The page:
Is Apple moving to a semi-annual product cycle? It's a question many have been asking since the introduction of the iPhone 5 in September, and even more so since the surprise launch of the fourth-generation iPad in the same year as the iPad 3.

Asymco's analyst Horace Dediu believes that Apple's future will indeed consist of a new generation of device every six months. Referring to former Apple CEO John Sculley's comment that the company is "going through a very significant change now in terms of product cycles," and that "now it's really introducing products twice a year," Dediu has noted six points that add evidence to the theory.

Apple updated all of its major products during autumn this year, so Dediu says it's risky for the company not to introduce another update to its iPhone, iPod, iPad, MacBook and iMac until autumn next year, "because it leaves a vast gap for competitors to fill six months hence."

He says that the current predictability of the iPhone's annual launch means that most competitors are probably already preparing to update their models in spring.

Dediu also notes that the launch ramp for the iPhone 5 this year was steeper than ever before, with more than 100 countries expected to have the new smartphone before January arrives, and almost all of the mobile operators launching the device on their network within the first quarter of its availability.

"Not only does it imply a very steep ramp, it indicates no channel fill will be happening past Q1," writes Dediu. "There will not be incremental sales to unserved customers as the fiscal year wears on."

Consumer anticipation is another factor Dediu highlights as a reason for Apple to introduce new products every six months. "This year saw two quarters where sales were soft due to "product transitions" as awareness among the mass market of new product rumours caused growth to dry up," he said. "Too many potential buyers are now conditioned to wait for fall to buy iPhones this sapping demand for half the year."

"Apple ends up with an inability to meet demand for half the year and a sales lull for the other half," Dediu continued. "Clearly this is suboptimal."

Not long after the launch of the iPhone 5, rumours of an iPhone 5S or iPhone 6 began to emerge, including alleged leaked backplates. The latest speculation suggests that the seventh-generation iPhone will arrive in June or July next year, with NFC, a Retina+ display, 128GB of storage and could be available in six to eight colours.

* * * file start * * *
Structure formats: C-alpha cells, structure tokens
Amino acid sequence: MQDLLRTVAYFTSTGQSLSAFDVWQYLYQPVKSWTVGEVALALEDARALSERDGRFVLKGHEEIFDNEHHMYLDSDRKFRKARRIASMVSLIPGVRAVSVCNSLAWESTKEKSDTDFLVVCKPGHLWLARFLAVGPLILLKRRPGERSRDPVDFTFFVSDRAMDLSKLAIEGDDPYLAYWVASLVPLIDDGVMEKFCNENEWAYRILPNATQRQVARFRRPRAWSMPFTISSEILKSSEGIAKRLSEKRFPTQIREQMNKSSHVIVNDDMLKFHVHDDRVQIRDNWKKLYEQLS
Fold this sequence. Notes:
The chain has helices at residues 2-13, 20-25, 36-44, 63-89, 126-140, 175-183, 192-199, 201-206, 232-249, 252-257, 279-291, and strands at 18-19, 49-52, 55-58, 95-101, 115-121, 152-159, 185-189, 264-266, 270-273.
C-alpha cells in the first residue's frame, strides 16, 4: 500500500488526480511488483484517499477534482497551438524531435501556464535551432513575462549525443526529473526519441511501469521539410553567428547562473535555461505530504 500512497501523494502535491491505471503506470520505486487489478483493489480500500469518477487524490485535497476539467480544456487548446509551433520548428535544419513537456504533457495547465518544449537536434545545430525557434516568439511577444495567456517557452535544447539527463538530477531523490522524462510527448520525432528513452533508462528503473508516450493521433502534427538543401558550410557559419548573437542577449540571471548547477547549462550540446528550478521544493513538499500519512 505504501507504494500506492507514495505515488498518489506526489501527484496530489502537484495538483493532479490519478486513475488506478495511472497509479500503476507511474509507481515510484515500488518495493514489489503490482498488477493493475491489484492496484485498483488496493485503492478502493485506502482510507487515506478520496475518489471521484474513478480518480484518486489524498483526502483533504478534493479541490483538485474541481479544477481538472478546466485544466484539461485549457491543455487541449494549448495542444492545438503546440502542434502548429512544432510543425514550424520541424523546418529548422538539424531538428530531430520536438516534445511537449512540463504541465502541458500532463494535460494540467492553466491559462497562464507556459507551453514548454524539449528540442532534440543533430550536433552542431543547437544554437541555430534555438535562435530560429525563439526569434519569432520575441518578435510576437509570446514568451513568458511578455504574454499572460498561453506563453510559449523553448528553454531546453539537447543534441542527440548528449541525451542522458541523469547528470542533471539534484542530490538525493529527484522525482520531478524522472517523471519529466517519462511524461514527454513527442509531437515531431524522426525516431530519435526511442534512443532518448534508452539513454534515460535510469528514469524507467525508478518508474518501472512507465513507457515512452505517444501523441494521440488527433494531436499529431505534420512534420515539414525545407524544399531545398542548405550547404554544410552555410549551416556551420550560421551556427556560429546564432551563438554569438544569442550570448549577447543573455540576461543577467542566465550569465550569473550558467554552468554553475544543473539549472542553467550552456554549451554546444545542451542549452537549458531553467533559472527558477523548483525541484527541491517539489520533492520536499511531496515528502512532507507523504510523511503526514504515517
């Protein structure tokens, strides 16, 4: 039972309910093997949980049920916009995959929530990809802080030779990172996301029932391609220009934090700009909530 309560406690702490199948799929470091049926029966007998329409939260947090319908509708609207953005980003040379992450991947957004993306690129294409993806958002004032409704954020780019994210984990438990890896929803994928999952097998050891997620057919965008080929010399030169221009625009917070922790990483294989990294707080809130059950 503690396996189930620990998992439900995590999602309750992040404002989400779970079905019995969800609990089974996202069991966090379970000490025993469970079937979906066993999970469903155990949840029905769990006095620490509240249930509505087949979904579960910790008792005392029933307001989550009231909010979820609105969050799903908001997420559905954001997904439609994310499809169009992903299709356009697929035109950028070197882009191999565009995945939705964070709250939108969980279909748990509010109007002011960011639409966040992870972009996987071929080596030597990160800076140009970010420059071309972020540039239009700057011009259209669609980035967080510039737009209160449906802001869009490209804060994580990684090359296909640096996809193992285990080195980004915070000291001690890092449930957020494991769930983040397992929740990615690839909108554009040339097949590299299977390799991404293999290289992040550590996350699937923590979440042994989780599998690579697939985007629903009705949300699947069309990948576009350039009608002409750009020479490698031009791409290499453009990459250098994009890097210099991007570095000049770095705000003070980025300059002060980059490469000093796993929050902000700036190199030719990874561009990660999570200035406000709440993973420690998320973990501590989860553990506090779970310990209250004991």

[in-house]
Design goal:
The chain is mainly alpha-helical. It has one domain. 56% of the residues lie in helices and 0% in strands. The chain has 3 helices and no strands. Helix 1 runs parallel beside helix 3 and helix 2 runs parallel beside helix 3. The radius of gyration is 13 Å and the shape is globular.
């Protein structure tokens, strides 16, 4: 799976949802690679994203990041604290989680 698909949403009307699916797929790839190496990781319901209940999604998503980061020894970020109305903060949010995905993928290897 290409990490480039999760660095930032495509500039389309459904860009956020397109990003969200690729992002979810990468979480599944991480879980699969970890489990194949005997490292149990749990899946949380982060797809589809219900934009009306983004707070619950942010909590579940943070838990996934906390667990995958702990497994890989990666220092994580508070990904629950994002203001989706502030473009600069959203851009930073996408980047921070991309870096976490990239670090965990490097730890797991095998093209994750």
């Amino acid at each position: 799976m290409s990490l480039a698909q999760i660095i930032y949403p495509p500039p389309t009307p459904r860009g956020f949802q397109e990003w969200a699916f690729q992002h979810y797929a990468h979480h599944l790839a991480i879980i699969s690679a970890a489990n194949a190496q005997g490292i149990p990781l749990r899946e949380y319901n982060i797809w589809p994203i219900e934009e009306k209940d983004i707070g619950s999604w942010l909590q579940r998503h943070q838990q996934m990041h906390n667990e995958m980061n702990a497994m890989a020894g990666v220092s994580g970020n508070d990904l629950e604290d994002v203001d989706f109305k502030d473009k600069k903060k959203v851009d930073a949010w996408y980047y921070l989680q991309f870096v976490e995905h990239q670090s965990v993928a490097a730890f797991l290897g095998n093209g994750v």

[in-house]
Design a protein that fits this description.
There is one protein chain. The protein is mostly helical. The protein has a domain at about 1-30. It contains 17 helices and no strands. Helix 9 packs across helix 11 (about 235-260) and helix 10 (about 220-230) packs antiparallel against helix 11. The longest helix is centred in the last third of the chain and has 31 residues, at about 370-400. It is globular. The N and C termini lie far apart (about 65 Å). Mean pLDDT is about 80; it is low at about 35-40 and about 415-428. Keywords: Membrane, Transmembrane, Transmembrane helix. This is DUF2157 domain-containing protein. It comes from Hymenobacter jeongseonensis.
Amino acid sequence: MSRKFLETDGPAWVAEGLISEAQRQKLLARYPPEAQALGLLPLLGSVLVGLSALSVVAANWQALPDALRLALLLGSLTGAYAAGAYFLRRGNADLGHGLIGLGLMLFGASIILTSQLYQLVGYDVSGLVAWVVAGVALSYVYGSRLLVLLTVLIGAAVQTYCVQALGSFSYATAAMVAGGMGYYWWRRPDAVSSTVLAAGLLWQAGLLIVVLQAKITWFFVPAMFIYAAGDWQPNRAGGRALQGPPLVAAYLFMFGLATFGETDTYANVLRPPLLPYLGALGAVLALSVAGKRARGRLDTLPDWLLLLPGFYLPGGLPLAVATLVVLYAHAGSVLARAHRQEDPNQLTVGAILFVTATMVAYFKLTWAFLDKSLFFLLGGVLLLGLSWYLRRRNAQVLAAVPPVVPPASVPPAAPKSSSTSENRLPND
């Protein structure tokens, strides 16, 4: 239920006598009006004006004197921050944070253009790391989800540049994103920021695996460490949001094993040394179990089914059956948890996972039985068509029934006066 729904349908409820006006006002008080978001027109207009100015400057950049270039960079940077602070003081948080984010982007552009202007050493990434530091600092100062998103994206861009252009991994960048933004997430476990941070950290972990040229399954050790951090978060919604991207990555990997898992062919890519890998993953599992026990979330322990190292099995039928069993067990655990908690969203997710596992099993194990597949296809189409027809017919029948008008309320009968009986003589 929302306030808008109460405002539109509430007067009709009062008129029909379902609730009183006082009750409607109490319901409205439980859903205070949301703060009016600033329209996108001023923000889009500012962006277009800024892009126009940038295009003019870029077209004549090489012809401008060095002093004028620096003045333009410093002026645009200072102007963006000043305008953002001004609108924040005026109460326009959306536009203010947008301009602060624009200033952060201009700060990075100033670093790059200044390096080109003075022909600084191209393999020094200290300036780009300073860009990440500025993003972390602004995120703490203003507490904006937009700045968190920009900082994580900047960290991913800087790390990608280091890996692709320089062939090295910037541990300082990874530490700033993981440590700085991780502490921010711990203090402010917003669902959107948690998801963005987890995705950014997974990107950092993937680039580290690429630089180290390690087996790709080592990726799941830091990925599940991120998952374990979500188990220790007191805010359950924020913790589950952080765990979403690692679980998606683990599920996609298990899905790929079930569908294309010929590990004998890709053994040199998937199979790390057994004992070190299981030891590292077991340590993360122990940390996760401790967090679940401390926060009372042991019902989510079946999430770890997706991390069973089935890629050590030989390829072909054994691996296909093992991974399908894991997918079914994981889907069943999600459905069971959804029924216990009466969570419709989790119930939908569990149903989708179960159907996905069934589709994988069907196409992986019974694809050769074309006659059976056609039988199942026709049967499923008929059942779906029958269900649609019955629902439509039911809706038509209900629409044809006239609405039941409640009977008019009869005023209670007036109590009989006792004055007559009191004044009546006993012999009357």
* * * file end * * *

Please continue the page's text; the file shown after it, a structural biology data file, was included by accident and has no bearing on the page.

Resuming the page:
Apple's primary manufacturer Foxconn is also making changes that could mean an improved assembly line and stronger supply chain for the company.

"Moving production so that the labor is local means a steadier workforce with better economies from learning curves. However it also requires a more stable order book. Production for Apple has tended to be "bursty" with breakneck round-the-clock rush followed by periods of idle time and re-tooling. This is not only inefficient but it also creates strain and stress and lowers morale."

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Dediu also notes that capital expenditures seem to be outpacing production. "The recent bursts in CapEx may be transient or may have to do with tooling-up Samsung's replacements but it may also imply a move to a more rapid product cycle," he wrote. "A transition to a new operating model would require significant over-spending in advance of the shift."

Finally, Dediu points to rumours about the so-called iPhone 5S, in particular the 'S', which could signal a spring launch. He admits that this is the least valuable piece of evidence in his report, but adds that the iPhone 4 was unveiled in June.

Of course, possibly one of the biggest signs that Apple isn't against the idea of a product update twice a year is the introduction of the iPad 4, which was launched seven months after its predecessor.

Do you think Apple should launch new generations of its devices more often? Let us know in the comments below or on Twitter.

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See also:

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